Bank Report Shows Partner Productivity Lagging in Pa.
Pennsylvania law firms need to address the glut of partners in their ranks before rising expenses eat away at the revenue gains they are making, recent surveys by two large banks indicated.
In looking at financial results for the first nine months of the year, Mary Ashenbrenner of Wells Fargo's legal specialty group in Philadelphia cautioned the region's law firms to aggressively manage expenses as well as the productivity of its most senior lawyers.
The Wells Fargo survey, which compared where firms stood after the first nine months of 2013 compared to the same time period in 2012, had some bright spots for Pennsylvania-area firms.
Aside from Southern California firms and those firms with profits per equity partner greater than $2 million, Pennsylvania fared better than anywhere else in the country when it came to growing top line revenue.
Ashenbrenner said gross revenue was up 3.1 percent in the region compared to a 1.4 percent rise nationally. Revenue increases were not thanks to a growth in demand, which Ashenbrenner said is expected to be down for some time to come. Rather, firms are raising rates—at the rate of 2.6 percent in the Pennsylvania area and 3.4 percent nationally, she said.
A similar survey by Citi Private Bank Law Firm Group also found that Pennsylvania was one of the best markets in the country when it came to increasing revenue, though John Wilmouth, a senior client adviser with Citi, said it had more to do with an increase in hours per lawyer than it did with rates rising. The Wells Fargo survey found hours per lawyer in Pennsylvania were down, while the Citi survey found the hours were up. Either way, both surveys found expense gains were outpacing revenue gains in the region.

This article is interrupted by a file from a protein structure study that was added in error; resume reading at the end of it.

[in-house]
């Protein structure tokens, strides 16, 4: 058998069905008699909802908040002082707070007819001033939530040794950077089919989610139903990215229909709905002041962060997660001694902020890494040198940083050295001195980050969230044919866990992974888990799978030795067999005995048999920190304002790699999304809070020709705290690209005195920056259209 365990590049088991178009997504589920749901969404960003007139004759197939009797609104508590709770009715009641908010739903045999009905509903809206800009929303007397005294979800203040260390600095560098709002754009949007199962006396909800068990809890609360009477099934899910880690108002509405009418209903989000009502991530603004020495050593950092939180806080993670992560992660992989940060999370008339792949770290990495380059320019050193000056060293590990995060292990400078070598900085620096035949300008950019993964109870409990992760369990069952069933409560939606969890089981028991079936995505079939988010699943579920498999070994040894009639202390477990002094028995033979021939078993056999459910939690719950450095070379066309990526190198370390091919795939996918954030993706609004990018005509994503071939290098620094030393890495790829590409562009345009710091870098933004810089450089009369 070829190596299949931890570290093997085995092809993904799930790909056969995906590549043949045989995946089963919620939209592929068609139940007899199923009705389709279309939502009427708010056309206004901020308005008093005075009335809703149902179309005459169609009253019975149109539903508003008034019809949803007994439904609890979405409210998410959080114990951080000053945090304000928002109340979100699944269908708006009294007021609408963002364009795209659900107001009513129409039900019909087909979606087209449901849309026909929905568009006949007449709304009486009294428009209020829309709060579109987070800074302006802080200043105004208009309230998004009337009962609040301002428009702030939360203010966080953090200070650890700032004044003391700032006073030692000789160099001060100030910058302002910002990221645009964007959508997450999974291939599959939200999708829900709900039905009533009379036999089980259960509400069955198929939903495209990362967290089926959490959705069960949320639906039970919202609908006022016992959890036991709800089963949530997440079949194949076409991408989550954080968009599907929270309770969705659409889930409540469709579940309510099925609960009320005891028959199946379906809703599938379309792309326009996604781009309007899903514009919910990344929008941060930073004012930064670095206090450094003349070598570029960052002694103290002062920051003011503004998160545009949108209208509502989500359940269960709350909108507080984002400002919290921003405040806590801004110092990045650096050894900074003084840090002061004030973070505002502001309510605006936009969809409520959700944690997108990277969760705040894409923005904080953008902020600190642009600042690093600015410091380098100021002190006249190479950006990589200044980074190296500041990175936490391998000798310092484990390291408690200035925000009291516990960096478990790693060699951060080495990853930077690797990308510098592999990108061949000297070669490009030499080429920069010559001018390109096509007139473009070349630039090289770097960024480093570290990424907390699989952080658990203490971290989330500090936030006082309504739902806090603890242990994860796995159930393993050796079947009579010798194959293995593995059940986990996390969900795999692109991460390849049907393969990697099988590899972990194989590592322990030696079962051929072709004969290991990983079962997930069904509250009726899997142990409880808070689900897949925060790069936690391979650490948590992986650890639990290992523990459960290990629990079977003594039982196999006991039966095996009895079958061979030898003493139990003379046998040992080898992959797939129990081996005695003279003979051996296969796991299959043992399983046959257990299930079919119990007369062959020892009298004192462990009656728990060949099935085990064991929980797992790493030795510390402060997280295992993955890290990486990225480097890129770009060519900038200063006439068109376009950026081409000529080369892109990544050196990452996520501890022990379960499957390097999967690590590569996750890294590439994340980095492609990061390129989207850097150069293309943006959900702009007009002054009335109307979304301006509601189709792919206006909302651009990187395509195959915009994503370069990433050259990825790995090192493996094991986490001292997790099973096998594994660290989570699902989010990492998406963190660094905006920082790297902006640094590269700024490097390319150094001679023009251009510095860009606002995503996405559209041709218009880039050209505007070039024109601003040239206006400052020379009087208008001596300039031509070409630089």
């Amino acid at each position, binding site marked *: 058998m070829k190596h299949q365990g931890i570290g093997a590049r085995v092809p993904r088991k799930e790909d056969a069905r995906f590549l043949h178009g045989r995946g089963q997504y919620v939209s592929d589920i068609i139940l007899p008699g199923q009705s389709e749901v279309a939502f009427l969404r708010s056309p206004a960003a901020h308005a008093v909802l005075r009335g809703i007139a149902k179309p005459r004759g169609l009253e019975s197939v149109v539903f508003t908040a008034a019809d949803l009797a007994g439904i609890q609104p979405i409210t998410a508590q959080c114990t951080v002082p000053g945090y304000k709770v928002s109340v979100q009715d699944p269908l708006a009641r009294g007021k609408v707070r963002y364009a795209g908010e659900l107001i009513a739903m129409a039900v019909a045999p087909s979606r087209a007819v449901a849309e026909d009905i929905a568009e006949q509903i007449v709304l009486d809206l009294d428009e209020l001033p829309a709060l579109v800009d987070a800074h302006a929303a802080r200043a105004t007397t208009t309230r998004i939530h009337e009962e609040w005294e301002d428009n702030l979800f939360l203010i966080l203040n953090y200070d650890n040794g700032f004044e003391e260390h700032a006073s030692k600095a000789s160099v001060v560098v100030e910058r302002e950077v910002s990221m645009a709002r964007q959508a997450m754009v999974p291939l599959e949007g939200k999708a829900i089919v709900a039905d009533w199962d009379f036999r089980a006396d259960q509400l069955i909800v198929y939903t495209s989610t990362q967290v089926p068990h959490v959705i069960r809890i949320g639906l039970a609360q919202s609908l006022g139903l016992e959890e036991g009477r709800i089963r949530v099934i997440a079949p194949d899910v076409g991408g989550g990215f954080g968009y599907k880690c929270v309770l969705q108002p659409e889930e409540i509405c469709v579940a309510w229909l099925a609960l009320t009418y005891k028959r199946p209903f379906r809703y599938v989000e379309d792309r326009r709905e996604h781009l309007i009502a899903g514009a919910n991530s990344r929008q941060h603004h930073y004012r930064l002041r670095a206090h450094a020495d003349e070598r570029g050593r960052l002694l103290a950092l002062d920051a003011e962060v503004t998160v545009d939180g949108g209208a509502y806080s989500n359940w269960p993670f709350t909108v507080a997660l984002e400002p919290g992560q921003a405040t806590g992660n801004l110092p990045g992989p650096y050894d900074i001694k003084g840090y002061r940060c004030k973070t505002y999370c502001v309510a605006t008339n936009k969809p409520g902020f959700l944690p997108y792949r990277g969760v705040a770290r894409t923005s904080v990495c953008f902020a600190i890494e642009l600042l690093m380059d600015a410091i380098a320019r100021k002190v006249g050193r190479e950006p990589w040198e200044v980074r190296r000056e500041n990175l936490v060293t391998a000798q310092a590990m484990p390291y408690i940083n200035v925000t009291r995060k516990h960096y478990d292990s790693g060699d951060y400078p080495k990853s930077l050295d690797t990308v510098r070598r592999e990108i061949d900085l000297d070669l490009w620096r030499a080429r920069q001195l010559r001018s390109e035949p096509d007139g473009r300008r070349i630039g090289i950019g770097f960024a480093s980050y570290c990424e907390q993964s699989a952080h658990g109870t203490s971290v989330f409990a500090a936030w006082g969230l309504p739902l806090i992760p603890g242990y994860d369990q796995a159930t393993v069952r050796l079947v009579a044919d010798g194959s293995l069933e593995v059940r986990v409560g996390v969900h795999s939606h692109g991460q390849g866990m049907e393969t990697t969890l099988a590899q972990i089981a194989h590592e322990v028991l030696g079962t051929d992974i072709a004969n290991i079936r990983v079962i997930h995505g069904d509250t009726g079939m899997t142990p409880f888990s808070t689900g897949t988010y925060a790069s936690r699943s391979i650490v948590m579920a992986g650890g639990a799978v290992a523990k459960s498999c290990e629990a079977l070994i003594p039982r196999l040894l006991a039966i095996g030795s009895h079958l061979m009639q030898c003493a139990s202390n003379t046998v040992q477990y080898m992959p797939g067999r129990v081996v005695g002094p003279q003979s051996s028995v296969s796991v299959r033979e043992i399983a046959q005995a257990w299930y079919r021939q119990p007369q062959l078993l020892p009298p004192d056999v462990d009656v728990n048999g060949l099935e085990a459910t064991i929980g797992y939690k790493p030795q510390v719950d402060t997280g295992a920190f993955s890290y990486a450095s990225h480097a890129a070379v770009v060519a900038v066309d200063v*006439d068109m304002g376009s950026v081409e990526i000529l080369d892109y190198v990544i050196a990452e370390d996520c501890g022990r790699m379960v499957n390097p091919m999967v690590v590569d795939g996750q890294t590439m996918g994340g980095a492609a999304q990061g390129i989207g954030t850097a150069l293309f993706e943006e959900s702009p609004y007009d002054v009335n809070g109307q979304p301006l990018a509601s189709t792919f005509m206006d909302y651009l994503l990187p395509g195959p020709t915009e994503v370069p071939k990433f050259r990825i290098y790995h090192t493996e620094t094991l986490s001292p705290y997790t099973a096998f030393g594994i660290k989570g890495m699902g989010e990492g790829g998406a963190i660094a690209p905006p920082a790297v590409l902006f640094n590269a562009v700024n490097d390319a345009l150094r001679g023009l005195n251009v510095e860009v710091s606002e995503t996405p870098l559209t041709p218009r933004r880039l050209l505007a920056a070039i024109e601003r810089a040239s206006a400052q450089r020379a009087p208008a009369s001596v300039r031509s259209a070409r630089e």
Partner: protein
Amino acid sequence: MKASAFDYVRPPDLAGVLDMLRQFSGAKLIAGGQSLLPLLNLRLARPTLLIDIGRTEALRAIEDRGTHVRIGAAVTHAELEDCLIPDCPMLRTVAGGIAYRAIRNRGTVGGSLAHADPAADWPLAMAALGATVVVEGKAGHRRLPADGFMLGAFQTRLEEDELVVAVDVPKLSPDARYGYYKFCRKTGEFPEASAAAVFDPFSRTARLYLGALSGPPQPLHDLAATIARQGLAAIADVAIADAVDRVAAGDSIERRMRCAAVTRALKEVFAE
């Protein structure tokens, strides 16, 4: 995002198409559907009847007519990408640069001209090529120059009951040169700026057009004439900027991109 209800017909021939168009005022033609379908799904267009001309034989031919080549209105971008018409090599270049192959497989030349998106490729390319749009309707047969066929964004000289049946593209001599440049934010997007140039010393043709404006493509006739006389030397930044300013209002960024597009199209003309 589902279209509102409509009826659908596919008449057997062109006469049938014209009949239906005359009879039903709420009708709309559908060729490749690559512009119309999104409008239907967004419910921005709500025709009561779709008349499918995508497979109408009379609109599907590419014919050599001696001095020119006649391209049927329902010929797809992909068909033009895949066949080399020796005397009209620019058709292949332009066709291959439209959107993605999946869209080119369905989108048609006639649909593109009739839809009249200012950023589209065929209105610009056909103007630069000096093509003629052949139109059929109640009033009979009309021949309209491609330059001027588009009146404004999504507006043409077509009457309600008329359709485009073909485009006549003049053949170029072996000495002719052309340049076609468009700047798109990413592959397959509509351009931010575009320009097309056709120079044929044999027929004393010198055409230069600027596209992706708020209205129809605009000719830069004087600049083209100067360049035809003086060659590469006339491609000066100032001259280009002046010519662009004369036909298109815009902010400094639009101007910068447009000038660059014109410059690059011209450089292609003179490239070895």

The strength of Pennsylvania's revenue numbers is a testament to the "value play" the region represents, Ashenbrenner said. She said the area's firms are viewed as providing quality work for reasonable prices. Pennsylvania firms are also more likely to engage in alternative fee arrangements—at a rate of 14 percent compared to 10 percent of firms nationally that implement AFAs, she said.
According to Ashenbrenner, the high-profit firms had strong revenue growth in the past 12 months because of some large M&A deals and litigation. For "bet-the-farm" work, Ashenbrenner said, clients are going to the high-profit law firms, but otherwise clients are seeing the value of Pennsylvania firms.
But in order to turn that revenue into profits, Pennsylvania firms are going to have to take a serious look at their partner numbers, she said.
"Firms continue to be reluctant or hard-pressed to deal with overcapacity," Ashenbrenner said. "And it's at the senior levels." Expenses in Pennsylvania rose 4.2 percent during the time period tracked by the Wells Fargo survey. That is compared to a 1 percent rise in expenses nationally. Much of that increase in Pennsylvania has to do with the cost of attorney headcount, Ashenbrenner said.